This past week, the New York Times heralded a new theory of brain development as providing "psychiatry with perhaps its grandest working theory since Freud." ("In a Novel Theory of Mental Disorders, Parents' Genes Are in Competition," November 11, 2008) Even if the theory is flawed, the Times noted, it is "likely to provide new insights into the biology of mental disease."
The new theory posits that an "evolutionary tug of war between genes from the father's sperm and the mother's egg can, in effect, tip brain development in one of two ways." If there's a bias toward the father, the developing brain is pushed along the autistic spectrum; if the bias is toward the mother, the growing brain moves along what researchers call "the psychotic spectrum" (schizophrenia, bipolar disorder, depression).
While the more we know about mental disorders, the more we may be able to find useful treatments for them, this new theory seems, in fact, to reinforce old, unproven deterministic notions: that mental disorders are primarily biological and/or chemical and genetic in origin and course, and that since (if!) they are, what follows is that "science" will some day be able to "cure" them by treating and/or manipulating our genes (or biology, or chemistry).
"Someday they'll see," my mother used to wail after visits to my brother Robert, when he was locked away in mental hospitals, "someday they'll see that it's all chemical!"
Ah, that it were so, and how free of responsibility we might all be then. But what (as with my mother) reductively chemical, biological, and/or genetic explanations for the causes of mental disorders do not take into account is what we have learned in recent years about how the brain develops and evolves.
Researchers and neuroscientists such as Nobel prize winner Eric Kandel have demonstrated that experience itself -- sexual and emotional abuse, neglect, abandonment, loss, love, music, sports -- all of experience, in fact, whether ordinary or extraordinary -- actually changes the chemistry, synaptical connections, and neuronal circuitry of the brain. Our brains, that is, have minds of their own, and thus are not subject, across our lifetimes, exclusively or even primarily to the genetic hands we are dealt at birth.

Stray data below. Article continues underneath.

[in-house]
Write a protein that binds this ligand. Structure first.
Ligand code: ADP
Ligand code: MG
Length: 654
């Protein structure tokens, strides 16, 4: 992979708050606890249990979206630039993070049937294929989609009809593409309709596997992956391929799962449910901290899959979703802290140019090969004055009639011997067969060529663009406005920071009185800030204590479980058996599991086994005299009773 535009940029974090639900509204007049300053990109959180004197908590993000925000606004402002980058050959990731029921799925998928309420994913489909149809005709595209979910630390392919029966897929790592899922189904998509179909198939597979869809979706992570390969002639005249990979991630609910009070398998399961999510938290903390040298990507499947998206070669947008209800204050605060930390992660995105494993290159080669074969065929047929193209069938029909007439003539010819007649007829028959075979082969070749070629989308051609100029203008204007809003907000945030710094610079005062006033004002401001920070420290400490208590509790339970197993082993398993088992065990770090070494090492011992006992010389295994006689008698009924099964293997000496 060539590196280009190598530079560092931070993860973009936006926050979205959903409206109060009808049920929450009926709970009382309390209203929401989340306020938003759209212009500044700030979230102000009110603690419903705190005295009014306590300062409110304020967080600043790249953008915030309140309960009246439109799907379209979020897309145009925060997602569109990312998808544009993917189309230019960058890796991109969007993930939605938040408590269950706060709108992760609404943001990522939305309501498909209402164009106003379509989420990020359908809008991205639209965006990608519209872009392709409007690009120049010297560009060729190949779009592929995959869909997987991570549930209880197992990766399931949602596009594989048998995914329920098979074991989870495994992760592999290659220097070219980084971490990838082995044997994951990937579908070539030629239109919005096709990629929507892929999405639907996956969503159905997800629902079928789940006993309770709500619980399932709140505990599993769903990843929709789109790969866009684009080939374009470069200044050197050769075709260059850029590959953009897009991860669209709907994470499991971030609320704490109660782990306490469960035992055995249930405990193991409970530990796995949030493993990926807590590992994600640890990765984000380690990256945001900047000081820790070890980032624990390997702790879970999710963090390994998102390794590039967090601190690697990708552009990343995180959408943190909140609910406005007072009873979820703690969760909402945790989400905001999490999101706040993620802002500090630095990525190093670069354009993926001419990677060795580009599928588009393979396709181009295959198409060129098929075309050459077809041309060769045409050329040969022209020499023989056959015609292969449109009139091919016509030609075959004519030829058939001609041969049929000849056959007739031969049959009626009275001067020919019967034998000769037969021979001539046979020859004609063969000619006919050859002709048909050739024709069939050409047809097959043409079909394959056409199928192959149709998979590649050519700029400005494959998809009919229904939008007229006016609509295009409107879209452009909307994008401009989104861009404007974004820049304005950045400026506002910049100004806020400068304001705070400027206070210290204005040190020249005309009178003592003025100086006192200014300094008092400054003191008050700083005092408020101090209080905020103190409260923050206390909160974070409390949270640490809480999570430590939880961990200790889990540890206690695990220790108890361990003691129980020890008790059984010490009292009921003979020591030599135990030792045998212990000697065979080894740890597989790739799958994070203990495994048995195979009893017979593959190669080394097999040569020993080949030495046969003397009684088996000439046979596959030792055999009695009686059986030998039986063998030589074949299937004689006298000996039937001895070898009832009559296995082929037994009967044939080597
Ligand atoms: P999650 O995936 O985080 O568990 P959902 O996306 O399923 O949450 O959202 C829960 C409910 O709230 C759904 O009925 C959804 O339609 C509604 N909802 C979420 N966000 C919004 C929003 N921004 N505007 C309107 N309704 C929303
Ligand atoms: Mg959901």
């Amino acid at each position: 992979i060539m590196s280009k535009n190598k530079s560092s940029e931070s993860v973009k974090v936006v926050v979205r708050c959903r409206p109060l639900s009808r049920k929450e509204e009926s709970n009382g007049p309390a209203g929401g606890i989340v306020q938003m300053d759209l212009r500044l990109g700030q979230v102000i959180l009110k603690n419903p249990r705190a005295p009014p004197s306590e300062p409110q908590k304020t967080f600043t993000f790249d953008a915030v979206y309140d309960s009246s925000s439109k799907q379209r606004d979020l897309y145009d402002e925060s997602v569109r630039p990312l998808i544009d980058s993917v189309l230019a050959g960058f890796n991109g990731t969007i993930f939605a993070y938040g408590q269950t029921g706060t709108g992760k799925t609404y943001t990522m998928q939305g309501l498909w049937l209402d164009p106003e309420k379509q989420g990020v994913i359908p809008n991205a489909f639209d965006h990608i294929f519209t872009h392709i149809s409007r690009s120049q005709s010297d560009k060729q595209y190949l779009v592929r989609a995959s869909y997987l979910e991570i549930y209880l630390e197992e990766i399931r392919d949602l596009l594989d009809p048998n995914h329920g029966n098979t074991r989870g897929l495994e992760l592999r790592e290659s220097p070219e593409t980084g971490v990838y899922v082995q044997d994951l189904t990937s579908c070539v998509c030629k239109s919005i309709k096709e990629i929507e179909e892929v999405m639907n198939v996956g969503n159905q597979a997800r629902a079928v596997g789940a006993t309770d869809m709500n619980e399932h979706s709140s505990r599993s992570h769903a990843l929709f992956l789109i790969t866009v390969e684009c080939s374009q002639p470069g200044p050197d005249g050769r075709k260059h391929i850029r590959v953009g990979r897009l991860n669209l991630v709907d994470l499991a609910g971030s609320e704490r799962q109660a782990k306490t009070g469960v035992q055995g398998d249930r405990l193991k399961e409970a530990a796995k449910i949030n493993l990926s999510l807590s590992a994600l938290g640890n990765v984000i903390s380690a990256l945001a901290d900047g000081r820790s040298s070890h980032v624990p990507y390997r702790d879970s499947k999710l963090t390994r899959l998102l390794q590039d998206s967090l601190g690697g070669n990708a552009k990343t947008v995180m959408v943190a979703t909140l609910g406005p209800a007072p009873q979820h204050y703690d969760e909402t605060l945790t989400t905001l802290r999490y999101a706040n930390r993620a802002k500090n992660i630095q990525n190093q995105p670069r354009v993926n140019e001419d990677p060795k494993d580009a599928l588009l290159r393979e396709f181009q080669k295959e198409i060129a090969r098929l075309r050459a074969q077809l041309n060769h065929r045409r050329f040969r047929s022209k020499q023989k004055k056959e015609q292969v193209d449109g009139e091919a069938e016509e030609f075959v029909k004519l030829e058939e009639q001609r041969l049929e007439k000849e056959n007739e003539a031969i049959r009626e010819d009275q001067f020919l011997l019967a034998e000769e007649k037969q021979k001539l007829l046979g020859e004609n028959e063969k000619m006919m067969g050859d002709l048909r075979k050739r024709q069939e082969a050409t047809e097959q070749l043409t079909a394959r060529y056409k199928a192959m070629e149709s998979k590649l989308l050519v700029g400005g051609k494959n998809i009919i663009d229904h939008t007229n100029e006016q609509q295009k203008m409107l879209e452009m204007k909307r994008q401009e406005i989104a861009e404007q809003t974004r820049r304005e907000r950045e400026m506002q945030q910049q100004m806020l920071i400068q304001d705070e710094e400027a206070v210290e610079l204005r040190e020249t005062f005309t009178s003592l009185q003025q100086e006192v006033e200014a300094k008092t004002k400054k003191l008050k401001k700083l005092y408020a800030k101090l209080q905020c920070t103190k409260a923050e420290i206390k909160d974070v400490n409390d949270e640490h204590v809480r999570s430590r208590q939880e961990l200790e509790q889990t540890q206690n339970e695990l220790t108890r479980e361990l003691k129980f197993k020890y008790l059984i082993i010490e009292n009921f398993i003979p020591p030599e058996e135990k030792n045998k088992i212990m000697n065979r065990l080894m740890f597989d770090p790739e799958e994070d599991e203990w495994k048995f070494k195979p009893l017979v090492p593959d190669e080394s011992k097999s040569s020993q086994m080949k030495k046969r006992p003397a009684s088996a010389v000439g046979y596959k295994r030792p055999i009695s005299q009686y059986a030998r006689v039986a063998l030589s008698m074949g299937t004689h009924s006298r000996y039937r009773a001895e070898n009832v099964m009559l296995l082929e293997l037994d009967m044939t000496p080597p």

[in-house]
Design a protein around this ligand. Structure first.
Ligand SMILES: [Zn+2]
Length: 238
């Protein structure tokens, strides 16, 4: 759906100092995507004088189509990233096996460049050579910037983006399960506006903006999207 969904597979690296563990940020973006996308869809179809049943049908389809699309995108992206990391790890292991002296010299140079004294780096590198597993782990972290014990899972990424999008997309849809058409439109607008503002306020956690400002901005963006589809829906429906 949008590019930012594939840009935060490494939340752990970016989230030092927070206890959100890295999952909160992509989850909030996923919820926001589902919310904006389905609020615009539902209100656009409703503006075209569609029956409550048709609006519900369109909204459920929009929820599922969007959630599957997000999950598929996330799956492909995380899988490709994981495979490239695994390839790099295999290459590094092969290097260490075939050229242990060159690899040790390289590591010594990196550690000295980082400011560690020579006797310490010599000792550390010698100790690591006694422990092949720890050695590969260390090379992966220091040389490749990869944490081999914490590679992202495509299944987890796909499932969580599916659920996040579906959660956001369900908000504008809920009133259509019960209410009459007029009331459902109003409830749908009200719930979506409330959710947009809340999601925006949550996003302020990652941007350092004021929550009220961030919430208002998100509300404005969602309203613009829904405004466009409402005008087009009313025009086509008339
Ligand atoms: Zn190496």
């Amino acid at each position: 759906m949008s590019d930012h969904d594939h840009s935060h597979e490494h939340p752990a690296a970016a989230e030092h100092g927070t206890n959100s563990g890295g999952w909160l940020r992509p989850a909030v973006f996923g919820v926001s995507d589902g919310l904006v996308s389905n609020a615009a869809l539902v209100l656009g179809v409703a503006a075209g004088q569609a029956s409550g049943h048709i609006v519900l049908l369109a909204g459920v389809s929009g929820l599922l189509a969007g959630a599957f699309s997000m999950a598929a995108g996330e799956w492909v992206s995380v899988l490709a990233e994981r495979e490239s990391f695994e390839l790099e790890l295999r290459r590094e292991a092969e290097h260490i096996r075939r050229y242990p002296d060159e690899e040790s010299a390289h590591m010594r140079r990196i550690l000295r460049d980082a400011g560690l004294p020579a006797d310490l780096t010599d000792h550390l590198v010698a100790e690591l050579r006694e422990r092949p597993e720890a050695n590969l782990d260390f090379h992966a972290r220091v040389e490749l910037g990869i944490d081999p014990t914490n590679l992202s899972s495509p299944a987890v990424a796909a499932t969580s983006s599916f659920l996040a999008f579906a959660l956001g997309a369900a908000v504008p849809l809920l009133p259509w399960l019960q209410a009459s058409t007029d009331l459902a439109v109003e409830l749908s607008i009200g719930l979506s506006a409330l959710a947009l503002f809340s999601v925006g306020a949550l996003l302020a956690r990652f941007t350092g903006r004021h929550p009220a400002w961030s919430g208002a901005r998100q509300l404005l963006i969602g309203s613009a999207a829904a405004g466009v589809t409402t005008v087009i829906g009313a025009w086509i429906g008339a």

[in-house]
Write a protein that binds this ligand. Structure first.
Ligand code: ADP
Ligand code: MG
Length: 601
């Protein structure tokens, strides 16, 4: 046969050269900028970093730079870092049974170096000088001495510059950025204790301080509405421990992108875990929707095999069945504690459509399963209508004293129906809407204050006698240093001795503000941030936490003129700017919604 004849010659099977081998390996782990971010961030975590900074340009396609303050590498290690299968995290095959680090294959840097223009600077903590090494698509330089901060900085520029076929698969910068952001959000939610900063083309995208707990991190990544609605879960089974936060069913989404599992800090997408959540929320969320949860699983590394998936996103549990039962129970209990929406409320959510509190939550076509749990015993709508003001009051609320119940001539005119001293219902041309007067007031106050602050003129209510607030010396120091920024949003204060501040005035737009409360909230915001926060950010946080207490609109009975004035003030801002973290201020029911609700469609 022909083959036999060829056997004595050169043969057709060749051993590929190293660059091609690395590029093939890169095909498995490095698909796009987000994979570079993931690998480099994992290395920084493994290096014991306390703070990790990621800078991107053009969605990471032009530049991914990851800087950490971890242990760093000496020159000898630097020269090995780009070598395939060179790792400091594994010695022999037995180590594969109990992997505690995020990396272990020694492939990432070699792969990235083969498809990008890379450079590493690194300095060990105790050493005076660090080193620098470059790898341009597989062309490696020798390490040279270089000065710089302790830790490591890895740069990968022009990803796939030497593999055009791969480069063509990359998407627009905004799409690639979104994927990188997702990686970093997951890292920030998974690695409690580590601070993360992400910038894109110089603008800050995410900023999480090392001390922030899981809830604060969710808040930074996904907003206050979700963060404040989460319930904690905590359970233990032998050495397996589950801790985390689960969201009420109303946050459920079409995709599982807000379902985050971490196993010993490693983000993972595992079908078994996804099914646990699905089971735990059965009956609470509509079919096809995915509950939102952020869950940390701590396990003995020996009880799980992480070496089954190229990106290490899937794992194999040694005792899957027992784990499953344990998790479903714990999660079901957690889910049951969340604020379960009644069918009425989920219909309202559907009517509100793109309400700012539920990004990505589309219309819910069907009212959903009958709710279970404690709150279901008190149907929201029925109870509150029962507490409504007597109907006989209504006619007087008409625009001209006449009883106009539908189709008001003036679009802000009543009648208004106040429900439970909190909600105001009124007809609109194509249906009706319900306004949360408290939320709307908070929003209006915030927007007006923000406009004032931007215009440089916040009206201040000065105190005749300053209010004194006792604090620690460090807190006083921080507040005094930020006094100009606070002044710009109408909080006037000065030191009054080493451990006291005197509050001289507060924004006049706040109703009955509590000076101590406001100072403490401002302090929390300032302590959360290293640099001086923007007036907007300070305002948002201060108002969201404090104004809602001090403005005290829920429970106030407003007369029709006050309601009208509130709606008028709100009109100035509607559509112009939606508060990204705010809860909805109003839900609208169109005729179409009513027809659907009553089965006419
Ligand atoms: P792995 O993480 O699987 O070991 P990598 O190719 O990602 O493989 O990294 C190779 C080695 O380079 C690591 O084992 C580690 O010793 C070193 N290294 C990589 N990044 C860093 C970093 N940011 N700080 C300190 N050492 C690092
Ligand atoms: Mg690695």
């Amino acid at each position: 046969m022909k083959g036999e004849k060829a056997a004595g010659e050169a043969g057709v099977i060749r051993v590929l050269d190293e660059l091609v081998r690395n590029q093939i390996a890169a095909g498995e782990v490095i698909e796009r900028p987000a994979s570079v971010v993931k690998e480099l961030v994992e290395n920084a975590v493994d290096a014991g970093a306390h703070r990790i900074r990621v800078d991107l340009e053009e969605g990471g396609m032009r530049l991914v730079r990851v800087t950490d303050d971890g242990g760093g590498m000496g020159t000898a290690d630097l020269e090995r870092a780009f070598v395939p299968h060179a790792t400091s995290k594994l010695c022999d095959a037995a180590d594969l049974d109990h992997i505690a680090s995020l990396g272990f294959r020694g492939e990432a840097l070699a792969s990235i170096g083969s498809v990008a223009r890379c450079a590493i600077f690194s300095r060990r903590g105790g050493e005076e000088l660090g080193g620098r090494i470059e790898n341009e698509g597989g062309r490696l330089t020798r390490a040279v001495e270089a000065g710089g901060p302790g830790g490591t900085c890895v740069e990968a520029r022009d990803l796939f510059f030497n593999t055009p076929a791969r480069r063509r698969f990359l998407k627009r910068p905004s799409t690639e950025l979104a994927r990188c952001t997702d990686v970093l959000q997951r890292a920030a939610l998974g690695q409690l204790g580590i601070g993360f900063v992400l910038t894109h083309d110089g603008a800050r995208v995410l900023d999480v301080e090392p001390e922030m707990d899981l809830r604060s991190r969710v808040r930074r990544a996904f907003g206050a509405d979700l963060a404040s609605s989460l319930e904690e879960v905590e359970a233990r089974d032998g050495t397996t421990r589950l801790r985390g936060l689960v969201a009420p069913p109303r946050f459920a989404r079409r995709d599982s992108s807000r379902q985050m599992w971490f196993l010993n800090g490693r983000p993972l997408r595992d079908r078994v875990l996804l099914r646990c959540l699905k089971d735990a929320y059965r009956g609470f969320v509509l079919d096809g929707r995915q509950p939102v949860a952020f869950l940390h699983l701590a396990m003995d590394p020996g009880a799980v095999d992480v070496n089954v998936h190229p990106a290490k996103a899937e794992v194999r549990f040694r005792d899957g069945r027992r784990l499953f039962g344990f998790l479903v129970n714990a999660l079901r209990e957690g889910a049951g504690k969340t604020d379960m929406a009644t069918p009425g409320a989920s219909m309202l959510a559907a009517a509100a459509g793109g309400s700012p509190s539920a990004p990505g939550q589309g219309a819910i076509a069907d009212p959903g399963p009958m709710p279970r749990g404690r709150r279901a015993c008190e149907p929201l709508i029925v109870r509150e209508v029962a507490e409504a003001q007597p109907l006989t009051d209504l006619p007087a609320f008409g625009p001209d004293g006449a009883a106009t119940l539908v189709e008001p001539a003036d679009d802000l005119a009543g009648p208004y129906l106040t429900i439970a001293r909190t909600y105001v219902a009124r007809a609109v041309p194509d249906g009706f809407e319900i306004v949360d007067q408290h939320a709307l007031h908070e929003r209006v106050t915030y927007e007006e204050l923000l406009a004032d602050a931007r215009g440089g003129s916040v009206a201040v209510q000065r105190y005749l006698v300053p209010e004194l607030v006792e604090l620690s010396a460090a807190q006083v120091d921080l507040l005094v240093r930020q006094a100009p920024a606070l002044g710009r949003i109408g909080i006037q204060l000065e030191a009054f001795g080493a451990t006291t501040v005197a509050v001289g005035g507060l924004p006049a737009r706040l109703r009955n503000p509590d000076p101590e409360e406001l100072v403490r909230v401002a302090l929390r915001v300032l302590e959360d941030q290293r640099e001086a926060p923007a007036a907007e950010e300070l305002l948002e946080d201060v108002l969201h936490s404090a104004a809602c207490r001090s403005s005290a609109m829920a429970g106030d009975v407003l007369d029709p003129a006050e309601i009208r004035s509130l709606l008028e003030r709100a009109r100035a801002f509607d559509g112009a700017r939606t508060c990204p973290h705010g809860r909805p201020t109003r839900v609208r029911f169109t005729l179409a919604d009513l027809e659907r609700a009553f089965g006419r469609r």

And there's something else: while researchers such as Crespi and Badcock are generously funded for work on their theory of how mental disorders come into being, and the Times and others take heart from it, back in the hospitals, wards, and residences where these people live, there are no funds for basic, human care. Five years ago, the New York Times ran a front page Pulitzer Prize-winning series of articles about conditions in New York City's "adult homes," where some 15,000 people, most of them with mental disorders, lived in conditions that were sub-human ("psychiatric flophouses," the Times called them). Despite the world-wide attention to this dismal, criminally negligent situation, in the years since, little or nothing has changed. People in these homes still live without air conditioners in summer, without heat in winter, and without anything resembling competent or humane care.
My brother Robert, who has suffered the ravages of mental illness for more than 40 years, lives in a residence far superior to these adult homes, but when he and I asked the staff psychiatrist about getting some kind of talk therapy for him -- he has always thrived when he was in an ongoing therapeutic relationship, and these relationships have been crucial, in his life, to well-being and recovery -- the answer, again and again, has been: "No Resources."
So while, with the Times, we welcome yet another way of trying to understand mental disorders, we ask how, given what we now know about the neural plasticity of the brain, along with the often positive role non-pharmaceutical treatments can play in people's lives, this theory will prove useful. And we also wonder why it is generally so much easier to find funds for people who study mental disorders in laboratories than it is to find funds that make a difference in the lives of people with mental disorders.
Jay Neugeboren is the author of 17 books, including several award-winning books on psychiatric disorders (Imagining Robert, Tranforming Madness). His essays on these conditions have appeared recently in the New York Review of Books, Psychiatric Services, Commonweal, as well as the Huffington Post. He serves on the boards of many mental health organizations. His novel, 1940, was published in April.